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Drive Shaft Play into Transmission

Good evening, everyone -

Monday afternoon, I started to notice a ticking noise that sounded like it was coming from the front wheels when accelerating in my 04 Ford Escape XLT. It sounded sort of like I had a stone in the tires, as it would get faster with the car - the thing that seemed odd to me was that once I got up to ~10-20mph, the sound would go away. When I got home, I pried all the stones out of the front tires that I could find, checked them over for nails or bolts, then hopped back in and took a test drive around town - nothing. Slightly satisfied that I solved the problem, I forgot about it. Til today. On my way home this afternoon I was cruising with the windows down - I rolled over a small bump coasting into a stop light and just like that, the ticking was back. Out of pure curiosity, I went straight to my local shop. Their initial theory was that since it was coming from the wheels, it might either be a brake issue or a bearing issue. They took it for a test drive around town, then hoisted it up on the lift to take a look around. Both brakes and bearings were in great shape, but while they were looking around, they noticed that there was a decent amount of play in the drive shaft leading into the transmission. The guy at the shop said that in his opinion, the ticking was coming from the transmission/drive shaft. He told me that if that was the case, he didn’t see how the problem could be resolved without rebuilding the transmission. I’m dreading the thought of this - he admitted up front that he is not a transmission expert and referred me to a shop that specializes in transmissions 2 towns over.

If his theory is correct, will the transmission, indeed, have to be rebuilt, or could it be as simple as replacing the drive shaft and/or the U-joints? If I can get away with just replacing the drive shaft and/or U-joints, is this a complex, expensive job, or is it something that could be done in an afternoon in the driveway? I did a quick search before starting this thread, and someone posted an earlier discussion (very similar situation to mine) where the prevailing opinion was that the problem was with the car simply needed new u-joints.

I only drive the car twice a week - about 20 miles each trip, going no faster than ~55mph on back/city roads. Is the car safe to drive if the drive shaft is indeed a problem, or should I look for other ways to get around?

Thanks in advance!

I would strongly recommend that you get a second opinion. And if you take the car to a second shop do not mention that anyone else has looked into the problem.

Almost without question the driveshaft ujoints are dry and failing. If you remove the driveshaft and take it to a local auto parts repair shop they can replace them for around $100. Some might even take the shaft out for min charge if you can’t do it. Otherwise just about any independent shop can do the work. Shouldn’t be too expensive…

Thank you for the replies, Rod Knox and TwinTurbo! So in your opinions (and I know you are limited by not being able to lay hands and see for yourself):
1.) Is the car safe to drive to/from work (local roads, max 55pmh)?
2.) Would the transmission need any type of work as a result of such repairs?

Again, I really appreciate you input. FIL is an engineer for Ford, so was planning on having him take a look this weekend. Car has been running just fine, save for the ticking, which isn’t even consistant.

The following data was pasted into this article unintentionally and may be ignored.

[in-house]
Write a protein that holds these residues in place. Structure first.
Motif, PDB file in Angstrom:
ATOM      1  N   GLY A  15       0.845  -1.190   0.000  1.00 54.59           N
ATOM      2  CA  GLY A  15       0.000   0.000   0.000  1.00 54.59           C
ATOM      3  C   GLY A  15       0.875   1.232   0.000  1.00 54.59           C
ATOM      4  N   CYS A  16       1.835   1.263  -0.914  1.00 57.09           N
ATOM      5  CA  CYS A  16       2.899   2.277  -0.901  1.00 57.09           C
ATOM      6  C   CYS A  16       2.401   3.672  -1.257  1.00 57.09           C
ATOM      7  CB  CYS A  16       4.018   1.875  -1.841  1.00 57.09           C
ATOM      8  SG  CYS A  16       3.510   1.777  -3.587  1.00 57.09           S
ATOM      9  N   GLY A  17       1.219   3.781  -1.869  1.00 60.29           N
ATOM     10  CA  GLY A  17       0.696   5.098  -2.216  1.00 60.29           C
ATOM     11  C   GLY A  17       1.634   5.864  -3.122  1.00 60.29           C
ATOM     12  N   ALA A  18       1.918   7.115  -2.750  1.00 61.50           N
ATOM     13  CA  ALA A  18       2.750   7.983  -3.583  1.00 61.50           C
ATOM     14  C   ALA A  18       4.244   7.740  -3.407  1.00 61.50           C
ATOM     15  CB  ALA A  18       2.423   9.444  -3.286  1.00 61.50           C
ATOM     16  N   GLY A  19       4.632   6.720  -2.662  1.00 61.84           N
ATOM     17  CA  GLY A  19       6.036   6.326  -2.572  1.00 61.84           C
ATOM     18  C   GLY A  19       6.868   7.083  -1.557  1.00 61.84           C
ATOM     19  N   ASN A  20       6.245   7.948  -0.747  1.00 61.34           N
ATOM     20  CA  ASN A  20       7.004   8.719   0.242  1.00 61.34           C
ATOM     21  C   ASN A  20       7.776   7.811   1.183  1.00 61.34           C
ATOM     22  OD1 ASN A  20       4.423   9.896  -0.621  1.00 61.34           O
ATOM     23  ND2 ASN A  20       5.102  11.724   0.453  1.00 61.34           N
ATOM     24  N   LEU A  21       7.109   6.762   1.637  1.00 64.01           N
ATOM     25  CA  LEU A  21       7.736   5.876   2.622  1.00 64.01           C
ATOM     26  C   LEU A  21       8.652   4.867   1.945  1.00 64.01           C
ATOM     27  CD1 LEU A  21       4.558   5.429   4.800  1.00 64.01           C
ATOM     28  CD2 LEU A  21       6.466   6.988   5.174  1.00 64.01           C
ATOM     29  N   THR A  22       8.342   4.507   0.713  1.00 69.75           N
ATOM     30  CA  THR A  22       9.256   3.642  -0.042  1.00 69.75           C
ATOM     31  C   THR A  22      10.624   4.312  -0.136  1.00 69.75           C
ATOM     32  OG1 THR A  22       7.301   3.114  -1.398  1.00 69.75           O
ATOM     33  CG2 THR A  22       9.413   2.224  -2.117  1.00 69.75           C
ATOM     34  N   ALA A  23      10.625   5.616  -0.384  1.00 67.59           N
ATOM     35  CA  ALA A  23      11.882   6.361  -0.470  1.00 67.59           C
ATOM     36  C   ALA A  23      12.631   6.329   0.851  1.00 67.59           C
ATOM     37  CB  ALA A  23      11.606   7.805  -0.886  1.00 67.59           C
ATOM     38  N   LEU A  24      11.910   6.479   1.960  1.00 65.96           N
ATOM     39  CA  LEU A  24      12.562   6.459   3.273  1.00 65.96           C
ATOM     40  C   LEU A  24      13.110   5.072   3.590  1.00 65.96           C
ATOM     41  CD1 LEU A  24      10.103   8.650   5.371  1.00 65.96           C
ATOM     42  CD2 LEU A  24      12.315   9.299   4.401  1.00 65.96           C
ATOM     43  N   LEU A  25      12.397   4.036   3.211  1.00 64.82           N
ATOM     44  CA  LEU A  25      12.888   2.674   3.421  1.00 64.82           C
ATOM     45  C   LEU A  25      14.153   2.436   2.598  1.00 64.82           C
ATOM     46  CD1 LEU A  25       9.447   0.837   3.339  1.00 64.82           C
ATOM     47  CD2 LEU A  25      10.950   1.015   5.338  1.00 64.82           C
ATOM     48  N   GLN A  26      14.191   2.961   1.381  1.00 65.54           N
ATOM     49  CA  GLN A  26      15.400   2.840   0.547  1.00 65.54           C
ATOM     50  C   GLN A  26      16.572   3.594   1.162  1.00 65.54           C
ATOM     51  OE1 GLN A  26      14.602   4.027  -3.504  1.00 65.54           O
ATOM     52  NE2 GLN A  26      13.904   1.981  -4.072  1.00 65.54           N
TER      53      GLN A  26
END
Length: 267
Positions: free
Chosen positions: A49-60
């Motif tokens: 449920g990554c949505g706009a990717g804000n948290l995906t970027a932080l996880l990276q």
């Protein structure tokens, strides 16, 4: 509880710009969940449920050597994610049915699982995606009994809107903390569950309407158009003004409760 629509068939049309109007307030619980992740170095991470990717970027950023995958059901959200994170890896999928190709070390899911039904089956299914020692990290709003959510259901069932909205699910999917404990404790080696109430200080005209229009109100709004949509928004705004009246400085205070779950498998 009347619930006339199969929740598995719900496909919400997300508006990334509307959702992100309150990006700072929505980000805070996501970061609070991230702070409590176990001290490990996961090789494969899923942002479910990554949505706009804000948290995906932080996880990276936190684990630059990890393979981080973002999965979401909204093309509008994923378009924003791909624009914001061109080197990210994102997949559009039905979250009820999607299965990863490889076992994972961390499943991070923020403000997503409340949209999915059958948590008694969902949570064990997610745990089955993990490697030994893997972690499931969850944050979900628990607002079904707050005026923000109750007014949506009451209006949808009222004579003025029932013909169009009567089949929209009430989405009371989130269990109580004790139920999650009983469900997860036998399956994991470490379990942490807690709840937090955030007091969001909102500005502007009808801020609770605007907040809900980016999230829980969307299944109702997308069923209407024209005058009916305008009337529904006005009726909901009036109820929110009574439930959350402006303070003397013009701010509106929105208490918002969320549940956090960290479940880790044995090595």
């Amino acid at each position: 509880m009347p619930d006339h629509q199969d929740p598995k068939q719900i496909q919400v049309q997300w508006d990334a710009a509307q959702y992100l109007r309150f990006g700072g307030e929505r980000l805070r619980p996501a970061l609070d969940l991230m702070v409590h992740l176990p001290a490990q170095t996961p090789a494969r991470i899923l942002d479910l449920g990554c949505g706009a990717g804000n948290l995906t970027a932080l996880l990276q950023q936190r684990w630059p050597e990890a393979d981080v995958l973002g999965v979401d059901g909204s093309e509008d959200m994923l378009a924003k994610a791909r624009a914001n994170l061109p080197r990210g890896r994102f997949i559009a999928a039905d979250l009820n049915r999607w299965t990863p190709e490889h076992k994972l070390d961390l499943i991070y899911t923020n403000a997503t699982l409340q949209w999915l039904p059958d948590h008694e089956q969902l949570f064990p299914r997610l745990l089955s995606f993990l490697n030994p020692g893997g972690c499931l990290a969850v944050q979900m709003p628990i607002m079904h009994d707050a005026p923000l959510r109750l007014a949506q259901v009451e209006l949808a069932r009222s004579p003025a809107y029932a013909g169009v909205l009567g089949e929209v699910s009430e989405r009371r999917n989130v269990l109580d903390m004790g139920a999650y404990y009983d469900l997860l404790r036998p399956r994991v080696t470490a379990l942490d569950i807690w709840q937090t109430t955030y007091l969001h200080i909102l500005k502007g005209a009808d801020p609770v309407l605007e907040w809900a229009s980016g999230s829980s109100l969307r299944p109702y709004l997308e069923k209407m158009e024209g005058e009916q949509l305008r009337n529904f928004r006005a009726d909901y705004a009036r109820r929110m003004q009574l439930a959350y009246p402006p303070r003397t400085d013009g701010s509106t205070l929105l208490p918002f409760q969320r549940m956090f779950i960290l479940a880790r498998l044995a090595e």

it could possibly be very dangerous. if your driveshaft drops and catches the pavement you could flip over. but as you said, we can t see the problem. I would find out ASAP. I m having a similar prob in my jeep, and I m not taking it out at highway speeds until I find out for sure what it is

A “stone in the tire” makes a “tick” once per wheel revolution. The drive shaft from the transfer case turns at about 3X wheel speed and would “tick” much faster.

Insightful, thanks for your reply. From where I was sitting, it sounded approximately like it was happening once per rotation, but I could be off. Either way, the sound went away (or at least became inaudible) at approximately 10-20mph. Not sure if the u-joint/drive shaft are the source of the noise, but the garage did say that regardless, they noticed a lot of play on the drive shaft.

Another clue is if the noise changes when you’re accelerating vs coasting or decelerating. A stone noise will not be affected. A drive-line noise would change.

Do you mean like a change in pitch? The pitch and tone of the noise remains constant as long as it is audible. The stone in tire theory has been debunked, though. Right now I’m a bit less worried about the actual original noise (though it does make me paranoid) as I am making sure the u-joint/drive shaft issue is safely resolved (ideally without a full trans rebuild like my mechanic originally suggested)

I mean frequency. Your truck’s tire has a 7.3’ circumference. At 7.3 feet/sec (5 mph) a tire/brake/half-shaft noise would occur once/sec. A drive shaft noise would be three times/sec. This difference is easily heard.

It may not tick every revolution. If its dry u-joint, it will tick as it binds up and sticks. They make a lot of noise before they go completely out. The end caps have large straps holding them on. It is safe to drive as long as you drive gently. Slower speeds are better of course. Don’t procrastinate, drive it to the shop as soon as you can.

Put your truck in park and slide under it. Putyour hand near the middle of your driveshaft and try to rotate back and forth. You should hear some noise and see some movement from either the front or rear u-joint.